We set out on the drive at 8am because we had to be to the docks by 11am if we were to catch the boat that takes you out into the Tasman Sea. I was a bit worried that I wouldn’t be able to get us there because of the time and because they do recommend booking in advance, but the guy at our campground in Te Anau said it shouldn’t be a problem this time of year because it’s so cold. So that offered some reassurance.

Simply amazing...

Simply amazing…

I won’t even begin to describe the drive to Milford Sound because I simply won’t do it justice. You have to do it for yourself. Sure, you can fly straight to the place and skip the drive but in my opinion, the drive is equal to the actual place. I would like to do it again where I’m the passenger and I can really look at everything, but I’m not complaining about what I did get to experience.

The last 25 km from the exit of the mountain (you have to travel through a mountain tunnel to get out to the sea) takes about an hour in itself, as it is a back and forth trip with a lot of sharp turns likely better suited to a car than a rickety campervan. When we finally made it to the bottom, my buddy jumped out and ran inside to see if we could still get tickets while I parked the van – it was about 10:45 at this point and the lot was packed. Luckily it worked out.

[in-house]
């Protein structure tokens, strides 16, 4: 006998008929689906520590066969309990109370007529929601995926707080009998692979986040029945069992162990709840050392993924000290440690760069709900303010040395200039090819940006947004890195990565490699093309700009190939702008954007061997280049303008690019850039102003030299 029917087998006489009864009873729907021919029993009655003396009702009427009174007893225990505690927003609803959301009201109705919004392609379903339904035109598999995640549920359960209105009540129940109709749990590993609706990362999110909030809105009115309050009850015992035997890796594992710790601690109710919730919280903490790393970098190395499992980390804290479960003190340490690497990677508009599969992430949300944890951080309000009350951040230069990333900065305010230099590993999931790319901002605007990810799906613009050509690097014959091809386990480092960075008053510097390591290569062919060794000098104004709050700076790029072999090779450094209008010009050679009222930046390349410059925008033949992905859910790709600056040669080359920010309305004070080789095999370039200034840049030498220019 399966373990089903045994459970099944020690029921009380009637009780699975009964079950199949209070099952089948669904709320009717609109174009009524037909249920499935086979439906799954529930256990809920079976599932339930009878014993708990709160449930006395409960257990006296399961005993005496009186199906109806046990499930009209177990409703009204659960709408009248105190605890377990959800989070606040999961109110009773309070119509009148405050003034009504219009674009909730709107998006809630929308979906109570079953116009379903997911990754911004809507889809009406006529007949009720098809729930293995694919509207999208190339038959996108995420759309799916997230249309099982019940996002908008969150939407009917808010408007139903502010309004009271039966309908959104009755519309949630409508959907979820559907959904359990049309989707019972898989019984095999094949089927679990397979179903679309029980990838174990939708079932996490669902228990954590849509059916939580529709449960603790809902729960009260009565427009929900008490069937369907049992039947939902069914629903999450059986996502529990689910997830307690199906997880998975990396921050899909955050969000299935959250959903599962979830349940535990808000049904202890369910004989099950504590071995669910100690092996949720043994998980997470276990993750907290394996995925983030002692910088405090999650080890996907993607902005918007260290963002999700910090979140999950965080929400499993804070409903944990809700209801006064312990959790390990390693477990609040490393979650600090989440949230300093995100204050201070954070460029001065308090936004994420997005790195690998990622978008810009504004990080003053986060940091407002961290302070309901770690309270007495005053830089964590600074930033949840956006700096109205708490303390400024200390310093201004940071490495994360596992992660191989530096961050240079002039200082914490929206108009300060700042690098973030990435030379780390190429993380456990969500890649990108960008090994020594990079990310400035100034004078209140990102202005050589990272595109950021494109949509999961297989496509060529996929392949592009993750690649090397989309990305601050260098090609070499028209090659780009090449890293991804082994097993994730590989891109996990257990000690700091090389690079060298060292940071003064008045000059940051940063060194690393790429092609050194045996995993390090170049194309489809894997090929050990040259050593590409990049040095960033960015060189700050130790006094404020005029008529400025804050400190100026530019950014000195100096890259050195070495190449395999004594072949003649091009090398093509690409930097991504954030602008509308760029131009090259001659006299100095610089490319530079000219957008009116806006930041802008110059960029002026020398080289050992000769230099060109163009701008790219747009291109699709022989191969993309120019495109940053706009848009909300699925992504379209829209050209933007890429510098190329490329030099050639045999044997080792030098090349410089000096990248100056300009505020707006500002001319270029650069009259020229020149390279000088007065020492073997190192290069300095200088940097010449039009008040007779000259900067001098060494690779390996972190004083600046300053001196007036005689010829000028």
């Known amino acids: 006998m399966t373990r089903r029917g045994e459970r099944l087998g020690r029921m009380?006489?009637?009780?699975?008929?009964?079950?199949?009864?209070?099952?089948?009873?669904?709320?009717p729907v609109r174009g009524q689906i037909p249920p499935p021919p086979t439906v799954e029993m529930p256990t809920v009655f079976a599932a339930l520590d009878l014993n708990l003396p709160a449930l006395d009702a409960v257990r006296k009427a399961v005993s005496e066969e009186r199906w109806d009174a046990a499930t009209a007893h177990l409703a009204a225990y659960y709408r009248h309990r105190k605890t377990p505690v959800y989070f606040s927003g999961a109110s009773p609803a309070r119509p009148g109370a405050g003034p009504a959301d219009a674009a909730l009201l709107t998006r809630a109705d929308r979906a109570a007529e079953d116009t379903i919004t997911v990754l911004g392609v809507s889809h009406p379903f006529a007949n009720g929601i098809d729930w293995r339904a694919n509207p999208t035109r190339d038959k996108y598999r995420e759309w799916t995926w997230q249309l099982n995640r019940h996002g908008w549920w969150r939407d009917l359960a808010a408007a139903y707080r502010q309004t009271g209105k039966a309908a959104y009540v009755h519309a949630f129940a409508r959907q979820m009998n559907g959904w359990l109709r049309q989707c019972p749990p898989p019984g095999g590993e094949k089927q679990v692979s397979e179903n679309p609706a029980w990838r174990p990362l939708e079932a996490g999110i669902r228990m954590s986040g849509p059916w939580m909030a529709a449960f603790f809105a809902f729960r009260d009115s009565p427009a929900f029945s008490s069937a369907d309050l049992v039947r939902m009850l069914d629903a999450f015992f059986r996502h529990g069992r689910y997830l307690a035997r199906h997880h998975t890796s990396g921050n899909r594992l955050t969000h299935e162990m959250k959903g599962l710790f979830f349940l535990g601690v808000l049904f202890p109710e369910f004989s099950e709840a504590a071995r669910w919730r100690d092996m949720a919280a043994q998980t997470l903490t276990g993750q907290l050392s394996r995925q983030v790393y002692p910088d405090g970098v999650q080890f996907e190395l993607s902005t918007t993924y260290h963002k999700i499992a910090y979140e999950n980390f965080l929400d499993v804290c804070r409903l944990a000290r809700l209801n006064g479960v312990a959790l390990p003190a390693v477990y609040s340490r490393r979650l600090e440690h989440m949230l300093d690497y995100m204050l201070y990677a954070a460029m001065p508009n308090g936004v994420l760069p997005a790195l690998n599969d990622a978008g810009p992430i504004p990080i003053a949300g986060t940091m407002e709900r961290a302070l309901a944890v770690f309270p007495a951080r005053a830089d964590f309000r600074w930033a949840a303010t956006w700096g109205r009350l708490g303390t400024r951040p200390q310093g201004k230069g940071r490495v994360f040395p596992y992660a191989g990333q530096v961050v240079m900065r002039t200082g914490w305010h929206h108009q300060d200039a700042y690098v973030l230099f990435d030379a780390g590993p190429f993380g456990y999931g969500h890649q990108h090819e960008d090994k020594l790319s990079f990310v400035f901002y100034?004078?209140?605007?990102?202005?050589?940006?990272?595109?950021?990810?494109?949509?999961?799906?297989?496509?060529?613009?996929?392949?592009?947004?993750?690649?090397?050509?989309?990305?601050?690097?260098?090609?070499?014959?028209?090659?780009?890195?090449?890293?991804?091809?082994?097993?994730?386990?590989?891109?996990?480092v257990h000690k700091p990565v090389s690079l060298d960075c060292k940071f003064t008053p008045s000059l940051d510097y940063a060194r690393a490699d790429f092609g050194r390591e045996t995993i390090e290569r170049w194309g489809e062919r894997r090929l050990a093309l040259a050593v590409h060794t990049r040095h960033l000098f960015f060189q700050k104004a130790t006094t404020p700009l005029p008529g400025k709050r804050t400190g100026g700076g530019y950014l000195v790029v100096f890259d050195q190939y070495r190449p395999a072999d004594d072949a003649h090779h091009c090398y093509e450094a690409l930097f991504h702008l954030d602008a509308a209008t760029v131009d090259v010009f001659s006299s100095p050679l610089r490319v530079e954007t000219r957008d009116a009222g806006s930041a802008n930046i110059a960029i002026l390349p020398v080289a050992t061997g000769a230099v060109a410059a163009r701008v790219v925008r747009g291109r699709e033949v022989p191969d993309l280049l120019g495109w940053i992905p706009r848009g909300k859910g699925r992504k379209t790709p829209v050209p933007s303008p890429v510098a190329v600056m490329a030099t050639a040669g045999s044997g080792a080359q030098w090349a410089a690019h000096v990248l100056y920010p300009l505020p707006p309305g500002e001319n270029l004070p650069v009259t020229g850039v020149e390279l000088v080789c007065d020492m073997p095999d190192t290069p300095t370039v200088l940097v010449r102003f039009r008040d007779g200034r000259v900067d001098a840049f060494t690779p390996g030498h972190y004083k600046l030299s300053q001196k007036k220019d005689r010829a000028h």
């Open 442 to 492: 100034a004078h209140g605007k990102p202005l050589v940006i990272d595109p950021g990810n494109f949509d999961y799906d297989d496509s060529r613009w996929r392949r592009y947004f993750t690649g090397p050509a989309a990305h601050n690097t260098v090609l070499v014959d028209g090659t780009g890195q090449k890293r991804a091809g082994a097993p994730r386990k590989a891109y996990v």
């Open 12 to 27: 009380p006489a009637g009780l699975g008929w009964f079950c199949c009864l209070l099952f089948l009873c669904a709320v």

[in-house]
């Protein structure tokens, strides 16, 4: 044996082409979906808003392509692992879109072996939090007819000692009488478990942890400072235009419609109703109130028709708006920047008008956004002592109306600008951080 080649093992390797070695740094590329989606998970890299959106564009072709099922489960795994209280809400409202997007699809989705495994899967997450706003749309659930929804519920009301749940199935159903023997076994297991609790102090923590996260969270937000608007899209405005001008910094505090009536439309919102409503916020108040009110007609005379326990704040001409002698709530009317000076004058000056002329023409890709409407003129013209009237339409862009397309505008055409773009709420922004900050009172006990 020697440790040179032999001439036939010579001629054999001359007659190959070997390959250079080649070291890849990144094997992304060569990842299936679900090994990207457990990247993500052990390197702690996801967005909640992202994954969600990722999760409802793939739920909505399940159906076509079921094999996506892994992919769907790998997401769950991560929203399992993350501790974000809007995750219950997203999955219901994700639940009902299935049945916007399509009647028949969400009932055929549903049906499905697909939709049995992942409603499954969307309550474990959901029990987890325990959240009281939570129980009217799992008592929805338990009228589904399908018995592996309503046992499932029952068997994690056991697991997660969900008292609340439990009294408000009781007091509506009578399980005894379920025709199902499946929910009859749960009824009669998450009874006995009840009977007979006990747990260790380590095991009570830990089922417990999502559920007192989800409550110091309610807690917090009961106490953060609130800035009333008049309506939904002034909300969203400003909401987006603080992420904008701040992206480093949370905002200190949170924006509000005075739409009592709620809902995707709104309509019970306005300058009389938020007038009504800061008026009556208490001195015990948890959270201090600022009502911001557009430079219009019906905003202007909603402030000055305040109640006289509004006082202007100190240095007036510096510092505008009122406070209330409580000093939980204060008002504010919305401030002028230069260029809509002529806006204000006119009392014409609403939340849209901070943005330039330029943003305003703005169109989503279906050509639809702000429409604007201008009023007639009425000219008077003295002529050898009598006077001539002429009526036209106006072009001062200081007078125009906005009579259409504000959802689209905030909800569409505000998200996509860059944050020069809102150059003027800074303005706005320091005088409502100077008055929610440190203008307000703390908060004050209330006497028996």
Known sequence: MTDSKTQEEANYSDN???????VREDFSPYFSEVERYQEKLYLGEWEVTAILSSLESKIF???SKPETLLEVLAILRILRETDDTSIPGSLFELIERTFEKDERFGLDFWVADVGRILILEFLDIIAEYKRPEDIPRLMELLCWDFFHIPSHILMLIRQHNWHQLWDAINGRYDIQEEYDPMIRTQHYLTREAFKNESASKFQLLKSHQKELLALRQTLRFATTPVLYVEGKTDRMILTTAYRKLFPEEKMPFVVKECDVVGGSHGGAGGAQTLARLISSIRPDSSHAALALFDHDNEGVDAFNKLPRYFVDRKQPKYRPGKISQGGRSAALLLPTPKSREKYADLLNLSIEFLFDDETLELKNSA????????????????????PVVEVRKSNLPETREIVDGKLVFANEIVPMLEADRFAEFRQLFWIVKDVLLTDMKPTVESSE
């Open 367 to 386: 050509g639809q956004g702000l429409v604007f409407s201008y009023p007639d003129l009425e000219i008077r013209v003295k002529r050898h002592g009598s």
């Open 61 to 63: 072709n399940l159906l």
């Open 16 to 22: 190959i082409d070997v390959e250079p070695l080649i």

The trip out to the ocean took about 45 minutes and on the way we passed dolphins, seals and some of the craziest cliffs I have ever been that close to. I was able to snap a shot of another boat heading in and everyone I have shown it to cannot believe the sheer scale of the cliffs, for the boat looks more like a child’s toy than a 3 story ferry.

Yes, that is a four storey boat.